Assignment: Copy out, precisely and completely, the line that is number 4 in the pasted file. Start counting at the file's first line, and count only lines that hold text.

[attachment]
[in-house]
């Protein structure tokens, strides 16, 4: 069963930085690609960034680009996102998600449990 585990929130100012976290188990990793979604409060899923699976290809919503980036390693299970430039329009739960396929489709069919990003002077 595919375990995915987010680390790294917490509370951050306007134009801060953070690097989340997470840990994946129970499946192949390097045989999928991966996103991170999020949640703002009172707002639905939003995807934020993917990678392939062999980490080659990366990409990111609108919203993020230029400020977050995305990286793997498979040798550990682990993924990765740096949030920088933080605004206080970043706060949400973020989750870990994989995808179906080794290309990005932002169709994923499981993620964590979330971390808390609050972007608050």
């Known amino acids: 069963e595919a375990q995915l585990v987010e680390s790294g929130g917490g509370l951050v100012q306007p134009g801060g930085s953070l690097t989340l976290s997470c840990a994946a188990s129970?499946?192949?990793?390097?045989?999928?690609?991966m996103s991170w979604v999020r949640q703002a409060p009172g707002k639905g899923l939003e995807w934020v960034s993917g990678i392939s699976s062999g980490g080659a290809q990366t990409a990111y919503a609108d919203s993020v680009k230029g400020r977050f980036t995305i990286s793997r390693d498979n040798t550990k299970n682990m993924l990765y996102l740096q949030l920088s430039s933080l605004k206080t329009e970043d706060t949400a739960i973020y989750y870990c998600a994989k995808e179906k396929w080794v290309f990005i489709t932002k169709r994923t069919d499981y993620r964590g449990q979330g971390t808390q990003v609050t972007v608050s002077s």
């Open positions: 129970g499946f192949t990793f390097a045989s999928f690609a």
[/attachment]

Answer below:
């Open positions: 129970g499946f192949t990793f390097a045989s999928f690609a």